It is definitely not necessary to utilize StackOverflow to finish the assignments; the course forum contains far more information related to the exercises (and beyond) than any other online resource. The key is maximizing your utilization of the forum as described here (and in the welcome emails students received when joining the course): How to Effectively Use the Course Forum: Searching existing threads (almost any question you may have on the exercises have already been answered) and posting your own questions (TAs respond within minutes). Some students choose not to utilize the forum, which is not the most effective way of benefiting from this course.

The approach of lectures->exercises<->forum is deliberate: The lectures teach the high-level concepts only; the exercises (with the help of the forum) force students to critically-think about how to apply the concepts to the exercises; this is a vital skill which is instilled by the approach of the course. It can be frustrating at times, but the result is worth it.
Not all I have to say is negative though. As for the homework assignments themselves, while they felt arbitrary in the beginning, I found that the assignments in Level 9 were helpful in understanding how all of the material came together to create one coherent project. This project gave me an opportunity to apply all that I had learned, and I was able to see how the concepts functioned in an applied setting. Additionally, I can happily say that my TA (@APalley) was very professional, and I have no complaints regarding their feedback and promptness.
The value of this course, and where it stands far above any college course, is exactly these points:

1) Once the basic concepts are out of the way in levels 1&2, the exercises take an incremental approach to applying concepts in an intuitive way. It does this while walking a very fine line between being prescriptive (i.e., spoonfeeding via step-by-step instructions) and giving students the latitude to critically-think in ways that incrementally improve real-world coding skills. Exercises that are too prescriptive teach the science of coding, but not the art. University C++ courses teach syntax but unfortunately do not create good coders.

2) As an offshoot of 1, the course forum (when utilized properly) is unique to the course. As described above, it is massively helpful for solving homework problems, for thinking about things you may not have otherwise (by reading through posts), and for asking any questions you have.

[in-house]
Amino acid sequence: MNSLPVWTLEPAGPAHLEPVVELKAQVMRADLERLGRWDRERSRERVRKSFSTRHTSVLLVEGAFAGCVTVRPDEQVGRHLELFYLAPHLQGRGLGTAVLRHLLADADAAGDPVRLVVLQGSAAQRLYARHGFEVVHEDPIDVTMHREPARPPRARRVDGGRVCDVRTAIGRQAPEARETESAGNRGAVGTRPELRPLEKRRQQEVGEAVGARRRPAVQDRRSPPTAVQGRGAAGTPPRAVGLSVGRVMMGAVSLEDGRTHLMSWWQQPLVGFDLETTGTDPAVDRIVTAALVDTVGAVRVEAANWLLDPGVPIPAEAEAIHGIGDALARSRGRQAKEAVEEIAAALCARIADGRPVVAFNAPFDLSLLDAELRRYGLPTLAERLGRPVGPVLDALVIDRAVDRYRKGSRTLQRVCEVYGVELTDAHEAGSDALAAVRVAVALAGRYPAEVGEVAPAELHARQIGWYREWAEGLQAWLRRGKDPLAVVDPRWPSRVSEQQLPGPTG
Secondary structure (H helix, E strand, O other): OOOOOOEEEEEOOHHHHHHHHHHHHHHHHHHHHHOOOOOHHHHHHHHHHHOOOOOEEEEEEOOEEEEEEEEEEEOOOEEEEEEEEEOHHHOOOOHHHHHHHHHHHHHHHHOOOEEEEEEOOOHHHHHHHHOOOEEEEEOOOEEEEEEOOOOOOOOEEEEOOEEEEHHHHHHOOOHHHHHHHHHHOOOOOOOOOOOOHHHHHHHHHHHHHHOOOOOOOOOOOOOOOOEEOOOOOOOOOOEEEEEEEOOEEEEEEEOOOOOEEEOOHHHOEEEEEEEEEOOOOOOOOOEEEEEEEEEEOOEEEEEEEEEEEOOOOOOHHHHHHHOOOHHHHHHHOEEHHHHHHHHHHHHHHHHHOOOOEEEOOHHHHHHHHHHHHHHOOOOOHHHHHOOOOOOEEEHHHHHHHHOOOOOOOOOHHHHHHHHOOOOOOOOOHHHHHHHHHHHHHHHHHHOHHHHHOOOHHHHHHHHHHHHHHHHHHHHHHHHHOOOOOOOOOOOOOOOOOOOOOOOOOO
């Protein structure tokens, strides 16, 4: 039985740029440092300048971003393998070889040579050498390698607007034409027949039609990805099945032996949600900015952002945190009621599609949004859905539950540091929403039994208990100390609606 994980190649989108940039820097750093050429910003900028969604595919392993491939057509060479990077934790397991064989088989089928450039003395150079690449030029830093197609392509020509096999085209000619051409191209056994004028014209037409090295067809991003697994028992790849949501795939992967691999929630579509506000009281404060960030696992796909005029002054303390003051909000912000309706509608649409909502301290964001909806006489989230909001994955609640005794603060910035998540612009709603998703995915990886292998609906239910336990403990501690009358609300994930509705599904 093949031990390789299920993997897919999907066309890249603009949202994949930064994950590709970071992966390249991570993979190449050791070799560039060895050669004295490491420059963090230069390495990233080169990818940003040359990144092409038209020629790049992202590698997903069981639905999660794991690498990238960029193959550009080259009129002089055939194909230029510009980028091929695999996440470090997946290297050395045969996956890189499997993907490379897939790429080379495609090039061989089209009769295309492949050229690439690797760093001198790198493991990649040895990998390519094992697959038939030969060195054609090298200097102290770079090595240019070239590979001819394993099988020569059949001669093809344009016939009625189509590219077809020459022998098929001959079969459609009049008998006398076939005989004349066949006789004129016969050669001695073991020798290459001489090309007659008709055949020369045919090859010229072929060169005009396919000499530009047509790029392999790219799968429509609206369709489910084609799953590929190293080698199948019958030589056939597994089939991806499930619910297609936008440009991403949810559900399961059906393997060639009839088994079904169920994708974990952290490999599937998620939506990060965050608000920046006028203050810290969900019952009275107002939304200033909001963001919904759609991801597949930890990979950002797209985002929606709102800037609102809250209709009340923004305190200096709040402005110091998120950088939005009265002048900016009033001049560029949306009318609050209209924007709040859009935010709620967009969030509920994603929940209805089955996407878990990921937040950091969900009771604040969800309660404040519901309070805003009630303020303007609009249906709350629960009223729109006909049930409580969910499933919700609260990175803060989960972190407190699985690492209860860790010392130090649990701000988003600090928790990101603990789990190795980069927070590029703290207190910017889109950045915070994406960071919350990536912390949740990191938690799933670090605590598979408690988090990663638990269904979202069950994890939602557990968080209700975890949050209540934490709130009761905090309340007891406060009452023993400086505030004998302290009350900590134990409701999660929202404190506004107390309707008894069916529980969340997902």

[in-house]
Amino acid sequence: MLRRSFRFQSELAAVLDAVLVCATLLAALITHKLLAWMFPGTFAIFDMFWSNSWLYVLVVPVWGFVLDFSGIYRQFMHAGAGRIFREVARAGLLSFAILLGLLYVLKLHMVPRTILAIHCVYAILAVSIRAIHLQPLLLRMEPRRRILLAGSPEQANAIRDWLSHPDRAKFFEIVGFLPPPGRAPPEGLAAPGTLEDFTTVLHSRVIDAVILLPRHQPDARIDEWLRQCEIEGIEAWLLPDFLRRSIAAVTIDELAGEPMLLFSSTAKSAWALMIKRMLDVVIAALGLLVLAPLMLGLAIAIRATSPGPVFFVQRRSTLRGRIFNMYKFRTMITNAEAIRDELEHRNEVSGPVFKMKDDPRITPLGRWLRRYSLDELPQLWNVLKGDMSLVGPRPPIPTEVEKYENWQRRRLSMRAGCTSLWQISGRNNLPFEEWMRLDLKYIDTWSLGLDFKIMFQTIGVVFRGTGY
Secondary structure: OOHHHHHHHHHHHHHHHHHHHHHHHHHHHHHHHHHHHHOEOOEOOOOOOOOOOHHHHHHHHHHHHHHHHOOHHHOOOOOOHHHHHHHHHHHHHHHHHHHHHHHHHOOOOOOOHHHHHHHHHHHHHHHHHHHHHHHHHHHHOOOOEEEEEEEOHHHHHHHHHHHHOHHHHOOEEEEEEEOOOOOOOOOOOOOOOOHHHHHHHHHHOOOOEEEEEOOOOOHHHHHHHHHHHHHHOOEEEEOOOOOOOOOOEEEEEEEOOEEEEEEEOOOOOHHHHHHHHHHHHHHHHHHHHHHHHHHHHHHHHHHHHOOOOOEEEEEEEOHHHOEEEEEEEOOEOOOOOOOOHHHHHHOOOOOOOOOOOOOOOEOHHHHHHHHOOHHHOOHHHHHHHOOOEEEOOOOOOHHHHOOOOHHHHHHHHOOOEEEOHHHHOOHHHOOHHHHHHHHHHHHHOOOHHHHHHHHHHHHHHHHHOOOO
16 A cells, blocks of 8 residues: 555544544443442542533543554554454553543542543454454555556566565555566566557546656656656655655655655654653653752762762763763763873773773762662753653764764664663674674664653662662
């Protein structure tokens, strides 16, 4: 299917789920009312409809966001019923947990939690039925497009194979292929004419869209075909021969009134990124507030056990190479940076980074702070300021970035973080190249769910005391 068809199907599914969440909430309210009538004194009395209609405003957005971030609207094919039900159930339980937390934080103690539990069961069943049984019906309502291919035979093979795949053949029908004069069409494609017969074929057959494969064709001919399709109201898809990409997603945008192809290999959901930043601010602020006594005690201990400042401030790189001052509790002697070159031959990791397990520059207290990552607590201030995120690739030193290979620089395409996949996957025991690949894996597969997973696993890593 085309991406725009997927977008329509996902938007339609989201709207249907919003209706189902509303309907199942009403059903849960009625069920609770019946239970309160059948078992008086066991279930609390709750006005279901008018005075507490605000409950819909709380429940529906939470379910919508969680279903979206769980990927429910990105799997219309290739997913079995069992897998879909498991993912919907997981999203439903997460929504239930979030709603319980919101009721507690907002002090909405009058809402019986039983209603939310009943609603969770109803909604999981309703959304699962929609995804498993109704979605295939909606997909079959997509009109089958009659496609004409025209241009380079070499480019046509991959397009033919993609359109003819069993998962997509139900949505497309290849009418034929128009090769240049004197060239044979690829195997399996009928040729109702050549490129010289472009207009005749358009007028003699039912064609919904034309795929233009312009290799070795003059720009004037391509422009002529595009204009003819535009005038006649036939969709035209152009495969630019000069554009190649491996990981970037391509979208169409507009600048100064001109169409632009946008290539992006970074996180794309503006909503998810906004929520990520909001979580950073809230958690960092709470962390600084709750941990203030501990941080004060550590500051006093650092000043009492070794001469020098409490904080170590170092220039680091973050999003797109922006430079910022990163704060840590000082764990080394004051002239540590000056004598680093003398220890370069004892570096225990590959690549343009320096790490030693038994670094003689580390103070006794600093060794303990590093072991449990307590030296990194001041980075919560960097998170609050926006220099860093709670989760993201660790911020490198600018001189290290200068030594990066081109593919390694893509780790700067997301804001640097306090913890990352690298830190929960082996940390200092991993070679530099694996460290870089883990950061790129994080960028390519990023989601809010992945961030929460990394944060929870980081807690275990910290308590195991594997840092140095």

3) The feedback on exercises goes far beyond any university (or online) course in attention to detail and to coding best practices; provided by industry professionals and grounded in decades of real-world experience. This in many ways is the most unique, important, and valuable aspect of the Quantnet courses. Students also have the ability to resubmit exercises as many times as they want for further feedback, or to discuss feedback in private with their TA.

Please do not hesitate to reach out to me through PM if you'd like to discuss anything specific to your own experience in the course.
 
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Use GCC, preferably on a Linux system. And there are enough basic C++ books around so that one doesn't go into a course like this completely ignorant.
 
I would say the Advanced C++ Certificate is very helpful -introducing the applications of Boost library, experiencing the new features from C++11,14,17,20 (the course material is well updated). Also, the Advanced C++ course focuses a lot in OOP in terms of project designing, covering different patterns, and the final project is really useful and wraps up the whole class.

My undergraduate institution only offers Python courses for CS/DS majors, hence I feel that the Advanced C++ really guides me towards becoming more adept at C++ programming (although the exercises are sometimes challenging lol)